There are several things that make CFL's die prematurely: Enclosed fixtures, installing the lamp upside down, vibration/jarring, and poor power from loose wire connections. Looks like this 'structable has them all. How much were we paying for these &quot;better&quot; bulbs again?
This is a great little project! I'm considering a 2-CFL option. Even with 2, it may not be as bright as halogen, but still useable. <br>One proviso though,, the two wires that lead from the bulb to be attached to the main wiring, should use grommets to insulate them from the metal frame. If this thing catches fire due to a short, your insurance company may not pay for your burnt-down house! All your mods should at least consider and conform to local building and electrical code. :)<br><br>Cheers!<br>
bob loblaw loves to talk in the 3rd person ...makes it easy for groovy to understand bob...groovy says thanx for the ible...groovy likes it and he may use it someday
Good idea.<br/><br/>While I question the cost savings (replacement bulbs for my worklights only run <a rel="nofollow" href="https://www.hardwareworld.com/300w-Halogen-Bulb-pKZR3ND.aspx">about $3</a> ) and any cost of operation difference is probably going to be negligible, I do see many advantages to your idea.<br/><br/>Mostly, those lights get really hot. Like &quot;burn-yourself&quot; hot. And using them in enclosed spaces? Forget it! But your idea is perfect for this.<br/><br/>My big interest is in photographic lighting, so I also see a big advantage to being able to use different color temperature bulbs.<br/><br/>But one final comment. To say whether its a good idea or not, the comment &quot;almost as much light&quot; REALLY needs to be quantified. I wish you or somebody else would use a light meter and post a real brightness comparison.<br/><br/>Thanks again!<br/>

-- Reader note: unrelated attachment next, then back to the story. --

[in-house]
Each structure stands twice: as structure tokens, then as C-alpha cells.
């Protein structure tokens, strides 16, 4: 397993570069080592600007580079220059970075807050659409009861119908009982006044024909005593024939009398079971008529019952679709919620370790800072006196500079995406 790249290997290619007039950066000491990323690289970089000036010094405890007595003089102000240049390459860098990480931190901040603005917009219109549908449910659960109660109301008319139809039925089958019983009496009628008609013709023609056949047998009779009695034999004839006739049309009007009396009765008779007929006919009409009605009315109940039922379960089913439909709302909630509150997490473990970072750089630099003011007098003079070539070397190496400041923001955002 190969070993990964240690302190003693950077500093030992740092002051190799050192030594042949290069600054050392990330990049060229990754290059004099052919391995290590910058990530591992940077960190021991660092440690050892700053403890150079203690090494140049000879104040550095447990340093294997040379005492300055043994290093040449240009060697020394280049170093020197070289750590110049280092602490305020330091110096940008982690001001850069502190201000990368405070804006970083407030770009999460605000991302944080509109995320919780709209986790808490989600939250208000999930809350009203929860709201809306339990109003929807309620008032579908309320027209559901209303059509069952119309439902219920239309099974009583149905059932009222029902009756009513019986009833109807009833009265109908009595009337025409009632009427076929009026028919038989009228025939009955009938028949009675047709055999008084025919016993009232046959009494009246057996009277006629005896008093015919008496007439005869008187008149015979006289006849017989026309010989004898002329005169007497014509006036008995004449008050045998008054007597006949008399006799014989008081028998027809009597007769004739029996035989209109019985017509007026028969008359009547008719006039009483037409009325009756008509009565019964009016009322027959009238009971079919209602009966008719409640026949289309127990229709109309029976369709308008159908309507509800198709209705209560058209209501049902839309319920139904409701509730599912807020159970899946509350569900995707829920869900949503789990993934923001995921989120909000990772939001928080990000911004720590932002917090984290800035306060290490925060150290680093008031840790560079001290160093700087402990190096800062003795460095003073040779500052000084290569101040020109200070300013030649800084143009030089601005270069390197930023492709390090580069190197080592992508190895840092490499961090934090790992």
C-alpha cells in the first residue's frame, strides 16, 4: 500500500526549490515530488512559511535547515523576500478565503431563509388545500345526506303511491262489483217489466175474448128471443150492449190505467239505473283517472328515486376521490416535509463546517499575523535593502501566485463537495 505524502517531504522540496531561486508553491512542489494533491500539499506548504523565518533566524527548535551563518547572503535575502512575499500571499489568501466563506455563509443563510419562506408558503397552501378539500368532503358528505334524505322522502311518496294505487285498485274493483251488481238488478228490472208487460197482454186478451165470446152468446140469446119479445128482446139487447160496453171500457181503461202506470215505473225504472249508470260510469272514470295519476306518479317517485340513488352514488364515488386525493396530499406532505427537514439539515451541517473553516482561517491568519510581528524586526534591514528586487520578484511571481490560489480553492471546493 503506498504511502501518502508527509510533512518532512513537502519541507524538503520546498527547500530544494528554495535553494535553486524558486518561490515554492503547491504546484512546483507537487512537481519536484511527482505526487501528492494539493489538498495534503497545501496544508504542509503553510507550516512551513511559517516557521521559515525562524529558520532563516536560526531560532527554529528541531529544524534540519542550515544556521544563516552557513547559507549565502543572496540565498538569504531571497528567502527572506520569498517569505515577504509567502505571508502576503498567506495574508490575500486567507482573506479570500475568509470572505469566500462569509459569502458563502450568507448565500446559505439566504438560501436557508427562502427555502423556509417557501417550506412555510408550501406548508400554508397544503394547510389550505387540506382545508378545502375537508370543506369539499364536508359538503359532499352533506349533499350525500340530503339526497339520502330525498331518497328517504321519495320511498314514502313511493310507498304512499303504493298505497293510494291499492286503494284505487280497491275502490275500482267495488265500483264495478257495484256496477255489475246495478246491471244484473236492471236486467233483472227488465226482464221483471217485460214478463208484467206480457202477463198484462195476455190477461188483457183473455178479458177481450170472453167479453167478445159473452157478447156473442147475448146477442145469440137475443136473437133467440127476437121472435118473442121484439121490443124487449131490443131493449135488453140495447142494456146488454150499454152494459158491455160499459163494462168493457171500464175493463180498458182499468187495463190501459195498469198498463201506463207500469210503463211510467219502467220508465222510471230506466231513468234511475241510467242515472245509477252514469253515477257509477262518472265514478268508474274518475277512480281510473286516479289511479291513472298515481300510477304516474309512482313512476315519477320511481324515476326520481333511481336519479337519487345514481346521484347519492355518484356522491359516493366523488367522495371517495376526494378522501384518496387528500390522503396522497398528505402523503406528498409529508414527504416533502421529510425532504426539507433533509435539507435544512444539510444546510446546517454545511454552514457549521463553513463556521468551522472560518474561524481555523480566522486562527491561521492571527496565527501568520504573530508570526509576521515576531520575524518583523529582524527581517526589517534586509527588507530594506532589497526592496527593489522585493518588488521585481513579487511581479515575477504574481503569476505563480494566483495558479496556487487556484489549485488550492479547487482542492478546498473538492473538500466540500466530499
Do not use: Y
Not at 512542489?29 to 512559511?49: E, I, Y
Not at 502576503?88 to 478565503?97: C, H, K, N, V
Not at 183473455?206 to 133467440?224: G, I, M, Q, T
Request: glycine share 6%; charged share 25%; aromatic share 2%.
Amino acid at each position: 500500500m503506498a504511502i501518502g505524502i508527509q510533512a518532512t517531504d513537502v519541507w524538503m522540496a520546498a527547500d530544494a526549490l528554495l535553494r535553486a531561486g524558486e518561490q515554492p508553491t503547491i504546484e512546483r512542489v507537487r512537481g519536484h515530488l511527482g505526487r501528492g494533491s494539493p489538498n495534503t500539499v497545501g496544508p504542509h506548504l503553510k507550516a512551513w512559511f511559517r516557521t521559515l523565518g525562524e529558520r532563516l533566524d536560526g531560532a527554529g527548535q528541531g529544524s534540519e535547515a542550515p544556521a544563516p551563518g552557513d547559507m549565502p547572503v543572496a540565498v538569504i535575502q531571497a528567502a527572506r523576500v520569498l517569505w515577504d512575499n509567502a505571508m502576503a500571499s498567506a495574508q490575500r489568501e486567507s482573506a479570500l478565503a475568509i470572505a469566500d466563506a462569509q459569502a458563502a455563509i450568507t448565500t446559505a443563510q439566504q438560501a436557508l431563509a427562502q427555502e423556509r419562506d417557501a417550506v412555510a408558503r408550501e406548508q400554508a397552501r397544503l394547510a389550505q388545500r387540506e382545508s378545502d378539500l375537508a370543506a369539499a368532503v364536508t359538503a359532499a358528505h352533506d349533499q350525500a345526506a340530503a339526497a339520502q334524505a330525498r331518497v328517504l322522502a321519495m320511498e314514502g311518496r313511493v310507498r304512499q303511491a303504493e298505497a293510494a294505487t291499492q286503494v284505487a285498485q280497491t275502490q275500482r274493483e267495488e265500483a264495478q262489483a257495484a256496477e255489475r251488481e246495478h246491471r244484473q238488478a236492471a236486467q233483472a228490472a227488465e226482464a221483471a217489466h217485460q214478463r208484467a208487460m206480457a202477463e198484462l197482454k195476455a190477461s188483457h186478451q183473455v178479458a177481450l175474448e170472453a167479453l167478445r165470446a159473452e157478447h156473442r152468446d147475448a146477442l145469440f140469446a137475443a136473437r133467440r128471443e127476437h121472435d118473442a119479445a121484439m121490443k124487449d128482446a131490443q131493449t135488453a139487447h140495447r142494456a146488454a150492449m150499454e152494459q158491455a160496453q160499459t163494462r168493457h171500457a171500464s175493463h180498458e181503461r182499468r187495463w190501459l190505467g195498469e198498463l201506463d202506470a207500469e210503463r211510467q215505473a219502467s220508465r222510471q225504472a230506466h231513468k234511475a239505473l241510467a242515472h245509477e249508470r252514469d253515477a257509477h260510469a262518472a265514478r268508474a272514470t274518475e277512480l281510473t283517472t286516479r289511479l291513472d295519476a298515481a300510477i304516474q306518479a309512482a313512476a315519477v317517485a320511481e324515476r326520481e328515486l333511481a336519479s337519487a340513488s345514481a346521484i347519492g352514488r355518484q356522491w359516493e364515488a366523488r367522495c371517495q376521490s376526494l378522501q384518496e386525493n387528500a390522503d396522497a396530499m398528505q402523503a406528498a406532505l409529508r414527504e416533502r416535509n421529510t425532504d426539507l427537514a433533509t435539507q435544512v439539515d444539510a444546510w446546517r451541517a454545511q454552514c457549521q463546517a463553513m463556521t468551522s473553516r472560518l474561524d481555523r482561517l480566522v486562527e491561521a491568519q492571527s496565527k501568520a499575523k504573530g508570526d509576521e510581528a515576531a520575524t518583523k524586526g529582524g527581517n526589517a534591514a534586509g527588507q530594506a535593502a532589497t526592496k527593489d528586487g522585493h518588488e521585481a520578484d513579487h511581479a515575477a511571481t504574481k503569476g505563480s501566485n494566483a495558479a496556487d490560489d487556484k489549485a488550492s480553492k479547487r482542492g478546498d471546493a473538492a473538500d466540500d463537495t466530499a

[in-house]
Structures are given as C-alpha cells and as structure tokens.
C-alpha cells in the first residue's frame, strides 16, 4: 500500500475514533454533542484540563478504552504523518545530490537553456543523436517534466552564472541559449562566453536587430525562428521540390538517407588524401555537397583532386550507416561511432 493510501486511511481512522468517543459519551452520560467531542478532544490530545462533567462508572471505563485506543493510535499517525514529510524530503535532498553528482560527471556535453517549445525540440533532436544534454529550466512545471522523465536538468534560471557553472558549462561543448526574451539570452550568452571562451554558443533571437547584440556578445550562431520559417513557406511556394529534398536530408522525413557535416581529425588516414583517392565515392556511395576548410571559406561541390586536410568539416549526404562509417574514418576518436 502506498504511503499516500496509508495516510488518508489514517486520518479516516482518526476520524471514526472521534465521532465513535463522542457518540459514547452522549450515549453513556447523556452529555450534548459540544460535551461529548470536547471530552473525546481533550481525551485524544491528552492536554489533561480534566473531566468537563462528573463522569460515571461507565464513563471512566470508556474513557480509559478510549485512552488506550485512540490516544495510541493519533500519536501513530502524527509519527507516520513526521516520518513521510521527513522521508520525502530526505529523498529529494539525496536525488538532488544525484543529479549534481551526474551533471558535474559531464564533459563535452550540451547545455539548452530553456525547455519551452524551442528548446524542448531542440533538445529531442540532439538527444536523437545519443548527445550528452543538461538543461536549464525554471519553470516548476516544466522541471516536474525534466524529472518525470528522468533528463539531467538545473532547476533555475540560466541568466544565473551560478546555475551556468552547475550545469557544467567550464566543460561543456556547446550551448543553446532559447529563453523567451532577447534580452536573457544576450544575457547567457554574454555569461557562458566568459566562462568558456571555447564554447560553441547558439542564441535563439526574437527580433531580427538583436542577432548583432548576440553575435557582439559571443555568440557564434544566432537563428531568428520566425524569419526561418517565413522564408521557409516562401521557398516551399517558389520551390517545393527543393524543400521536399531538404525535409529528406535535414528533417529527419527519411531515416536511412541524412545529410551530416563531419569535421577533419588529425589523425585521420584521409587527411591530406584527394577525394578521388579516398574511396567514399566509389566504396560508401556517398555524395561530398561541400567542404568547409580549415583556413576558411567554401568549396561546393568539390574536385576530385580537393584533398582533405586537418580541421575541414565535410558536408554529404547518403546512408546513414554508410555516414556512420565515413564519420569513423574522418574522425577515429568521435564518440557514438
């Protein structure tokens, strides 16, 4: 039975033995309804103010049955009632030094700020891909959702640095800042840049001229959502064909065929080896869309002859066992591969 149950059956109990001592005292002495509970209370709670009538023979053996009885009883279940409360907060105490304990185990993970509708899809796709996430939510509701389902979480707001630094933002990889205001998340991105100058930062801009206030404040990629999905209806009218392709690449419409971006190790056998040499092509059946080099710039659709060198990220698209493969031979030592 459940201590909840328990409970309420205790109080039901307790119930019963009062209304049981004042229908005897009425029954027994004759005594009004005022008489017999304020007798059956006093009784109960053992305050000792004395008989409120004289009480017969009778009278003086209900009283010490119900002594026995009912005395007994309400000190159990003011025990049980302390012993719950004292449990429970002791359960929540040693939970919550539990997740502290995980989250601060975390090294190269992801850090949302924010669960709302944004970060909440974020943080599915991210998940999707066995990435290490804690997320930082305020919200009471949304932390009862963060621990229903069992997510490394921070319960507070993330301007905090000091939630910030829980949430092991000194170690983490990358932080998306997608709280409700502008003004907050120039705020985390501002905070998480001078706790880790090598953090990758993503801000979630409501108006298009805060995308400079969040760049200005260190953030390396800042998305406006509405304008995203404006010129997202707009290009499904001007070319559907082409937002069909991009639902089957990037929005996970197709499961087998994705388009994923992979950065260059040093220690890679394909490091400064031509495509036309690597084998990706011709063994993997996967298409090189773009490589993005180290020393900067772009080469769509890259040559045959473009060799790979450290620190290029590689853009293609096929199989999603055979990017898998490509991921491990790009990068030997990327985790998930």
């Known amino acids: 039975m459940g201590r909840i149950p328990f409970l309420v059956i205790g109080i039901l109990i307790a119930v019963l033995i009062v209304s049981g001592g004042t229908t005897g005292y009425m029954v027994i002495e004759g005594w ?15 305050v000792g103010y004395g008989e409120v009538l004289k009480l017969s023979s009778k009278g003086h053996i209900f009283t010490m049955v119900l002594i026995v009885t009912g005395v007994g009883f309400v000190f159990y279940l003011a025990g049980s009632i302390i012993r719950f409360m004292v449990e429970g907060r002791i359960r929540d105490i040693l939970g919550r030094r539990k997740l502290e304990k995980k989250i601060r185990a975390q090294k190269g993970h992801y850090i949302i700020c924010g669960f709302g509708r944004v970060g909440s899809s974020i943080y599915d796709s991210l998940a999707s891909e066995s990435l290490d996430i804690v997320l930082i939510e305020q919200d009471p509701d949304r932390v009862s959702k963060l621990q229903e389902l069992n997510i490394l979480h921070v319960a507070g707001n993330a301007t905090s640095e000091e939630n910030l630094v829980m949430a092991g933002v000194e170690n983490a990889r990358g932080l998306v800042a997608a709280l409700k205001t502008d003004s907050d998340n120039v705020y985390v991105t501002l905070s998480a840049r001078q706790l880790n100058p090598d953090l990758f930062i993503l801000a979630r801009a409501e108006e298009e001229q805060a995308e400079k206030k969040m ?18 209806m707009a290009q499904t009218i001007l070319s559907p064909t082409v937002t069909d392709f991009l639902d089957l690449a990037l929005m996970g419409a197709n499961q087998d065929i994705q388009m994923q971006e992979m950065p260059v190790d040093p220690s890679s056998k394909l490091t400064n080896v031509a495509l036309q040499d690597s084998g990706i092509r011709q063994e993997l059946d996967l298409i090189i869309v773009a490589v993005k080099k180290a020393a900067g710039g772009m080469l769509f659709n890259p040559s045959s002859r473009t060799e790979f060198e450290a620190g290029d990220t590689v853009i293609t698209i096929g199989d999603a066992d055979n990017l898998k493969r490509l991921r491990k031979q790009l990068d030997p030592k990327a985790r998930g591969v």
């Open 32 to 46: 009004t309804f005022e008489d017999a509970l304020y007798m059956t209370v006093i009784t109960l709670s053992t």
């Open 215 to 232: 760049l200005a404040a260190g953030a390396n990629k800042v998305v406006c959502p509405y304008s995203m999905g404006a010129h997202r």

I recently measured the temp of my halogen work light and it clocked in at 453*F! That's hotter than the ember on the end of a cigarette!
how hard would it be to add a exhaust tube (maybe from a lawn mower header) and put a computer fan on the end of the tube, A comp fan would probably not hold the heat but maybe this will get the gears working for someone with a shop bench that they can see without looking at the picture from when they brought it home across the back of thier Mazda Miata(glad I put stuff on it, the wife almost made me sleep on it the first night). a comp fan runs on dc and I am not sure that exists on a work lamp, but maybe a hairdryer fan minus the heat coil would work, then you would have the tube also. Now I have thrown the coals and tinder down maybe someone has the wind to start the fire going.
DIY&nbsp; Dave thinks Bob Loblaw should stop speaking in 3rd person.
LoL, that's what Ghostboy480 also thinks.
Love this project. I recently found a halogen worklight&nbsp; that was thrown out. It has 2 worklights mounted on a stand. It had obviously overheated and one of the wires was fried. Was perfect for this project.&nbsp; Also found a place that sold 23 watt CFL lights $.40 for a pack of 2. I might try a 42 watt cfl (200 watt incandescent equivalent), but they are $10 a peice.&nbsp; <br />One thing though, I&nbsp;drilled the hole for the light socket on the side instead of the top to give the bulb more room, esp for a bigger brighter&nbsp; high watt cfl. <br />Great instructable, Bob.<br />